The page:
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On 29 December 2011 18:37, fredrik danerklint <> wrote:
> Overview:
> Hash tables are a commonly used data structure in most programming
> languages. Web application servers or platforms commonly parse
> attacker-controlled POST form data into hash tables automatically, so
> that they can be accessed by application developers.
> If the language does not provide a randomized hash function or the
> application server does not recognize attacks using multi-collisions, an
> attacker can degenerate the hash table by sending lots of colliding
> keys. The algorithmic complexity of inserting n elements into the table
> then goes to O(n**2), making it possible to exhaust hours of CPU time
> using a single HTTP request.
> They did mention that Lua could be vulnerably to this kind of an attack at
> the end of the presentation, so I would like to know if it is or not.

As far as I understand it, the attacks target a kind of hash tables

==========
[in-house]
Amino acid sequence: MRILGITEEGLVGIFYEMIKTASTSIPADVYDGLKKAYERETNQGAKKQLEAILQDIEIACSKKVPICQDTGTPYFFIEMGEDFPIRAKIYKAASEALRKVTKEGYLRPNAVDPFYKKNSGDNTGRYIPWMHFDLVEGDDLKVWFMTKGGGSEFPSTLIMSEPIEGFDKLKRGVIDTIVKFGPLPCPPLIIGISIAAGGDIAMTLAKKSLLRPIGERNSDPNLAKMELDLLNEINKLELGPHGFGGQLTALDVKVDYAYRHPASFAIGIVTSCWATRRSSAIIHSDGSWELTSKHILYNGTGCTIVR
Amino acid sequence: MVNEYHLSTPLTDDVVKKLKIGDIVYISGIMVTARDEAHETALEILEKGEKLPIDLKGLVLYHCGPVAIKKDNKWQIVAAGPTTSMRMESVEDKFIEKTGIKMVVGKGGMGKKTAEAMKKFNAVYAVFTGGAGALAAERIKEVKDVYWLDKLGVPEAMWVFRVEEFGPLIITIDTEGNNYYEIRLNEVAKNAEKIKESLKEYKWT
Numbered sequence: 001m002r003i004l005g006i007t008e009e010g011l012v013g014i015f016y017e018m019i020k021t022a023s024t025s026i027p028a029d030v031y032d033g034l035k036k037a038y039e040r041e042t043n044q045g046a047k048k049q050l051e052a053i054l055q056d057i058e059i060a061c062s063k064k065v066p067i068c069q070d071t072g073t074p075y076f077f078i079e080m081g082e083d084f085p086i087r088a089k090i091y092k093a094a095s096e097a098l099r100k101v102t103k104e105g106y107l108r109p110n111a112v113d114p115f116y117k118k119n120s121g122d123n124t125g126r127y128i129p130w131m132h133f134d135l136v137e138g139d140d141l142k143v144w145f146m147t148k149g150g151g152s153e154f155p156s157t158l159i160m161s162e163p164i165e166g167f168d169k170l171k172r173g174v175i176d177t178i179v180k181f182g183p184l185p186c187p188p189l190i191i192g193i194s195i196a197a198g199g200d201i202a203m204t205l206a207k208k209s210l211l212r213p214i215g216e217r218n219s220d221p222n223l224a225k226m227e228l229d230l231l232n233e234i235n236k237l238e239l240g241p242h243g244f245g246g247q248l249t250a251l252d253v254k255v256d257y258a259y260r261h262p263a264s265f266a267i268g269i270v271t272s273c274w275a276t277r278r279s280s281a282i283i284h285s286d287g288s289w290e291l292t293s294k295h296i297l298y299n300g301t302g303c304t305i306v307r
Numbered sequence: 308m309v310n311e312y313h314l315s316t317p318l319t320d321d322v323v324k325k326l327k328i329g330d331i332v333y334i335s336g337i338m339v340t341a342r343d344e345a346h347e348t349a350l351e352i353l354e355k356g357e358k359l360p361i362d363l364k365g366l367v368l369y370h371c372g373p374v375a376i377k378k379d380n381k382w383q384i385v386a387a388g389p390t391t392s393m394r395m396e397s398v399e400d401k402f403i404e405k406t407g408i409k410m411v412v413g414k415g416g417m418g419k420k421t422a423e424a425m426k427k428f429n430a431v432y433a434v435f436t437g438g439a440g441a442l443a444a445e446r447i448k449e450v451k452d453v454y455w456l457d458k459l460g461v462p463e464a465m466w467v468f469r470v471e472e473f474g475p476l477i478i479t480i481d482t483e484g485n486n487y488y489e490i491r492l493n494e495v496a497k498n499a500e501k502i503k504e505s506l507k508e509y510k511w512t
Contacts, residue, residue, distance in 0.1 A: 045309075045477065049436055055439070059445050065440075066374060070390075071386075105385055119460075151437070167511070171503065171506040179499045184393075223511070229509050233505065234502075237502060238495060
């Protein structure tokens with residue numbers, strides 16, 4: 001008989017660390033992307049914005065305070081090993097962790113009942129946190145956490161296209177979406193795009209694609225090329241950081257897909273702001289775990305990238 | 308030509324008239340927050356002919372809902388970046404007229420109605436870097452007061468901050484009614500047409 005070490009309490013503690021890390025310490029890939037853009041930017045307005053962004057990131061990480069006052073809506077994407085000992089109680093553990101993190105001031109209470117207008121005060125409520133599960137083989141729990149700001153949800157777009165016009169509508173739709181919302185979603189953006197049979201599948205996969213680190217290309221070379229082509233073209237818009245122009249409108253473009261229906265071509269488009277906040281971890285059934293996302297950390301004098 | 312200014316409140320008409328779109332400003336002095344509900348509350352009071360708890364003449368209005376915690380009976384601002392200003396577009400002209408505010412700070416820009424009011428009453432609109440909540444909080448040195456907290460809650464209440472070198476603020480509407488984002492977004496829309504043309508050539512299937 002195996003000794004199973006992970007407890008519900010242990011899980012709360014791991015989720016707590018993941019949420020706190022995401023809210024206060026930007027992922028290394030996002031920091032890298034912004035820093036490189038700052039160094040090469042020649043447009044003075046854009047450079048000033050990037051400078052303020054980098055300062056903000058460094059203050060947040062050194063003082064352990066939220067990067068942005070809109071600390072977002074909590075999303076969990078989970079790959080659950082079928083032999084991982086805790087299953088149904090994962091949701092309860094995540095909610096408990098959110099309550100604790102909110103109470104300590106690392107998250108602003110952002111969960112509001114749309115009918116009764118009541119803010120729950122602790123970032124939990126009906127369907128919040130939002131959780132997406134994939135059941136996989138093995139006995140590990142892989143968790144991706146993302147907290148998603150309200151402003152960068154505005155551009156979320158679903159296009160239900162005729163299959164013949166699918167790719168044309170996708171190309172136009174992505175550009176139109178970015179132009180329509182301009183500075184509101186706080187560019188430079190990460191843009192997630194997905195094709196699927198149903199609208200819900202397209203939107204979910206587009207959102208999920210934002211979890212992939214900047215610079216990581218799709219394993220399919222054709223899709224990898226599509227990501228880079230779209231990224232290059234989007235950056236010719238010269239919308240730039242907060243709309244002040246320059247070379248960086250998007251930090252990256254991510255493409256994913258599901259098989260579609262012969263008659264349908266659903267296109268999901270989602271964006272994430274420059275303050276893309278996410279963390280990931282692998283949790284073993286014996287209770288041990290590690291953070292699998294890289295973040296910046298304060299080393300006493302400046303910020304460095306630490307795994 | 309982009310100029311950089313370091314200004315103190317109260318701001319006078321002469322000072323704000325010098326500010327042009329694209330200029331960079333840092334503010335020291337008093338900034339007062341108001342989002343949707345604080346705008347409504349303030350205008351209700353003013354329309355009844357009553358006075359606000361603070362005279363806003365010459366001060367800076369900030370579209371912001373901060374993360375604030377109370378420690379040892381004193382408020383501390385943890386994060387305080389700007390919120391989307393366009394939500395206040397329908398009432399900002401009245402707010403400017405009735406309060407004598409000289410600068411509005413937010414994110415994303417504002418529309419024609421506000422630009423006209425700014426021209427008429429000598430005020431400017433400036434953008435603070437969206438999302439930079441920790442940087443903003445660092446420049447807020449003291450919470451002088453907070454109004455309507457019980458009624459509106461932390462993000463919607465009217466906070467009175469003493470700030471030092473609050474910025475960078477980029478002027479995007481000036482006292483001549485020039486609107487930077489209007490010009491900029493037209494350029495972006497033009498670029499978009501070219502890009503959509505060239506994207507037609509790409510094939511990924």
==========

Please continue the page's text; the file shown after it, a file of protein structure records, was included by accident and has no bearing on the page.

where colliding keys are stored in linked lists in the hash table.
When the weak hash function is abused, and a lot of keys with the same
hash are generated, the performance degrades to O(n**2). The attacks
target the simple hashing functions by Dan Bernstein, like DJBX33A,
which are used in many other languages.

Lua uses the following implementation of hash tables: (quoting from
the Lua 5.1 source code - ltable.c):

** Hash uses a mix of chained scatter table with Brent's variation.
** A main invariant of these tables is that, if an element is not
** in its main position (i.e. the `original' position that its hash gives
** to it), then the colliding element is in its own main position.
** Hence even when the load factor reaches 100%, performance remains good.

Therefore I am not sure if the attack also applies to Lua's approach.
Lua also uses a different hashing function, and I'm not sure their
technique of generating colliding hash keys also applies to it:

TString *luaS_newlstr (lua_State *L, const char *str, size_t l) {
  GCObject *o;
  unsigned int h = cast(unsigned int, l);  /* seed */
  size_t step = (l>>5)+1;  /* if string is too long, don't hash all its chars */
  size_t l1;
  for (l1=l; l1>=step; l1-=step)  /* compute hash */
    h = h ^ ((h<<5)+(h>>2)+cast(unsigned char, str[l1-1]));